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Outdated vaccine production fed swine flu hysteria

Post by Kim Bradford on July 5, 2010 at 3:17 pm |
July 2, 2010 3:18 pm

This editorial will appear in Tuesday’s print edition.

Health officials, scrambling to respond last year to outbreaks of a never-before-seen virus, badly misjudged demand for the swine flu vaccine.

The federal government ordered nearly 200 million doses – double the amount of seasonal flu vaccine produced each year.

The anticipated demand never materialized, and now the government faces the prospect of having to chuck more than 43 percent of the supply that has expired or will soon.

In hindsight, the clamor for vaccine looks foolish. But emerging pandemics don’t lend themselves to official caution. The first rule of knocking down an infectious disease outbreak is: Better an overreaction than getting caught short.

Had U.S. officials shown less resolve, they might have fueled greater hysteria among a public hearing daily about the threat of this new, dreaded strain of flu.

As it was, the swine flu vaccine proved less popular than expected because the swine flu proved less deadly than feared. By the time vaccine was widely available, many Americans had already been sick and lived to tell about it.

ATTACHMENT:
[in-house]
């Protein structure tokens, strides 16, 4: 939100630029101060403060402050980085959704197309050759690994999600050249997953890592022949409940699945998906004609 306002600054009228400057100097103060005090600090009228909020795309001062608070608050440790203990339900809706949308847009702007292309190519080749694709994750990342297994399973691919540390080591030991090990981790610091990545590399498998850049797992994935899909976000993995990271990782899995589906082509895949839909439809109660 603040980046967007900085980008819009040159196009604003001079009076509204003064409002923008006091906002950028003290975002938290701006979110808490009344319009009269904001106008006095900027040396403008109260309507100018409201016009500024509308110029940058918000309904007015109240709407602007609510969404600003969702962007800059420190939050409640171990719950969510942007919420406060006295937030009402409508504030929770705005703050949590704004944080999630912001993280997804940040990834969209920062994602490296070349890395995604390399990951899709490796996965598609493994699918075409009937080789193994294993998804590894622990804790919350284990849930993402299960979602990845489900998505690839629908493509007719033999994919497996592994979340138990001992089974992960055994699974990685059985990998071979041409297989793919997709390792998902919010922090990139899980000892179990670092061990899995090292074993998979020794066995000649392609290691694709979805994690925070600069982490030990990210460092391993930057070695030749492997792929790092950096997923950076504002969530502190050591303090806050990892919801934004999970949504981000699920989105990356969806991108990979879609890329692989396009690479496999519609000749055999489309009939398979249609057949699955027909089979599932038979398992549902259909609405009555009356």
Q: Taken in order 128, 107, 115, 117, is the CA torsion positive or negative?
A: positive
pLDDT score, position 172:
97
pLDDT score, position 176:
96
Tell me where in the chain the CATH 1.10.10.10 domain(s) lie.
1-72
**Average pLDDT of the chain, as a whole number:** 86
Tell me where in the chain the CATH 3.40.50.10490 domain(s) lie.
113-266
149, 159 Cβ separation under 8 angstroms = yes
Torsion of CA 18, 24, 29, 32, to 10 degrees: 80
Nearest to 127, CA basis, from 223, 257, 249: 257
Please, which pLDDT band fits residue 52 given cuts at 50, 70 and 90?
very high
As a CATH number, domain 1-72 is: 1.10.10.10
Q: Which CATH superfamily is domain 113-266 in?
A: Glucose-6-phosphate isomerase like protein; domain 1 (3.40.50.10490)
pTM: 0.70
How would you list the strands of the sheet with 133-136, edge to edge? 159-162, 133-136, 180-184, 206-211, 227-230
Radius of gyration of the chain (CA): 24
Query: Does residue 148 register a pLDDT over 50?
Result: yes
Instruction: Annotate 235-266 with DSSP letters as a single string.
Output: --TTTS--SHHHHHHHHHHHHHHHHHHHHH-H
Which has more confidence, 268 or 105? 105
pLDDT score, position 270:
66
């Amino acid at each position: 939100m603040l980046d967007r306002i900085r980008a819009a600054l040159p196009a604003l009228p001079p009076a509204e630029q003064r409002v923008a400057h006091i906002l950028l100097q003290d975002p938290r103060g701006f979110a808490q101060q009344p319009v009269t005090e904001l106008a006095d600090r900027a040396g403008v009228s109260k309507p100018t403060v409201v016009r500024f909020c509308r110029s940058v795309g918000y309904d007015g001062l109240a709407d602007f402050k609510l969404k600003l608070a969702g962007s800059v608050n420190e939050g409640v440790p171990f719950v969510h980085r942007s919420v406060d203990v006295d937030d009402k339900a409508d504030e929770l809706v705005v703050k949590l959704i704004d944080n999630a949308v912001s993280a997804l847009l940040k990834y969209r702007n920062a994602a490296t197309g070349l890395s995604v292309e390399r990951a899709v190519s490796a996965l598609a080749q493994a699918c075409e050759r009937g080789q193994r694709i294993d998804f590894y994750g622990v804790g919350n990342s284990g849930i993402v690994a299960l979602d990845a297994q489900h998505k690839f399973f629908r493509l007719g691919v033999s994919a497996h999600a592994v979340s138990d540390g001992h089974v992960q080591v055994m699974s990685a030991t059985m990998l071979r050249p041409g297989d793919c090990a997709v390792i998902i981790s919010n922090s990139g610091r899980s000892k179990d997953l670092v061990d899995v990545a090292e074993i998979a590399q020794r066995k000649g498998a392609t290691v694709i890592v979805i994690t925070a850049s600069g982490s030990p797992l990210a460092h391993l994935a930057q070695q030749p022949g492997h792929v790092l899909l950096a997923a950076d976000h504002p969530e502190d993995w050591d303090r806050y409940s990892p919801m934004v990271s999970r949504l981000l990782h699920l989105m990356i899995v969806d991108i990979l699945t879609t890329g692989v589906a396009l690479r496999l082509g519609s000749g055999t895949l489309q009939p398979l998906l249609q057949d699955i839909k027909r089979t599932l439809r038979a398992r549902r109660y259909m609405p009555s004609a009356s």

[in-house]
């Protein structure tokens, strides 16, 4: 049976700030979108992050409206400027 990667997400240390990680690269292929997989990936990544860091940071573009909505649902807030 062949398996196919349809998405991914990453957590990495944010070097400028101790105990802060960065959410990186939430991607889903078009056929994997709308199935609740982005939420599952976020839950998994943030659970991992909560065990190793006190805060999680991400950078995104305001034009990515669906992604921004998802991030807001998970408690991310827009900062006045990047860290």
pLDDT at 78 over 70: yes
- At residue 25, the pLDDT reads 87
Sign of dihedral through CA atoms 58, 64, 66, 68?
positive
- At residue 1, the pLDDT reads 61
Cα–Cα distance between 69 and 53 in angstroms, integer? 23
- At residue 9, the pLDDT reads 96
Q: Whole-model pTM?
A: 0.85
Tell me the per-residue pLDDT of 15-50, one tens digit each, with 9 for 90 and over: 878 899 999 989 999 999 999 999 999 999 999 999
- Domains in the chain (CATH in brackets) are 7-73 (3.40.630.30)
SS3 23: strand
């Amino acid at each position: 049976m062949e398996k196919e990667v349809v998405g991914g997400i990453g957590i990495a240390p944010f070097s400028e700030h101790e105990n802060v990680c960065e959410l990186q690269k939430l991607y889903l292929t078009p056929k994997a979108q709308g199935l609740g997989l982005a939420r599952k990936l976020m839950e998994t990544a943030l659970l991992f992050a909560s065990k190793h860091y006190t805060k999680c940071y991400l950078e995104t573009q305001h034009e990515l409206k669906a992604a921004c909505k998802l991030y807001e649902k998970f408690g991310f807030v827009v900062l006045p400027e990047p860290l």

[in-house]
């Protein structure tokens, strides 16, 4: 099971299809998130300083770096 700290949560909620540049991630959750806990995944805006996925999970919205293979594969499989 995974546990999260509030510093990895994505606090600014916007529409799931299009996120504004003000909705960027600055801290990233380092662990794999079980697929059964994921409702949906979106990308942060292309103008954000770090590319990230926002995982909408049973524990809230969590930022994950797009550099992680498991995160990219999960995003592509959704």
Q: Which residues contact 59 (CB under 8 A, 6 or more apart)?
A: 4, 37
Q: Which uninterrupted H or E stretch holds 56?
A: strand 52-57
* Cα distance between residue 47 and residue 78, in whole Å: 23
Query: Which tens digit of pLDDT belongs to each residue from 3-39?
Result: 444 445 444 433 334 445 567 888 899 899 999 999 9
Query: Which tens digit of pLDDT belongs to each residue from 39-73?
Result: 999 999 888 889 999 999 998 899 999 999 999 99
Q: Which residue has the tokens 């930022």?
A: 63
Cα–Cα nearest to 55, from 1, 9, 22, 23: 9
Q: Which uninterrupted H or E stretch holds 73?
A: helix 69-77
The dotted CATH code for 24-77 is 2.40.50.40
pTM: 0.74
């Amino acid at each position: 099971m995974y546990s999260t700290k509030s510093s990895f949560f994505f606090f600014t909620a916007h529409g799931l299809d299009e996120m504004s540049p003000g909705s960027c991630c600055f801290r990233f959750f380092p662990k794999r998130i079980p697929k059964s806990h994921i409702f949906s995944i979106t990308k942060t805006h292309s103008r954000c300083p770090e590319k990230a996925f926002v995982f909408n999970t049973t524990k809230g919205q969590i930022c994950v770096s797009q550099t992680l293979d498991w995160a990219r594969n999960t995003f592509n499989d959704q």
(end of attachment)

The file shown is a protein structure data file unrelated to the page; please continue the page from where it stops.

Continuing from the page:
Blame the antiquated, egg-based vaccine production method. Use of chicken eggs to grow vaccines is 50-year-old technology that is slow under the best of circumstances. It proved slower than usual in the case of swine flu vaccines.

The U.S. reliance on the egg-based method led to vaccine shortages and helped feed public panic. It also helped create a glut of vaccine. Doses were already in production by the time health officials realized that they wouldn’t need as much of the stuff as they thought.

Faster vaccine manufacturing methods exist. The leading alternative grows viruses in cultured cells, which aren’t prone to the contamination and reliability problems that plague egg methods. The cell-based method cuts production time in half and can produce bigger batches of vaccine.

Federal investment allowed one vaccine maker last year to open a U.S. plant that soon employ cell-based technology. But other companies have abandoned plans for such plants.

The next pandemic might not be so tame. The ability of the U.S. to respond in a decisive yet measured way depends on its capability to turn out large quantities of vaccine quickly and to turn off the spigot sooner.

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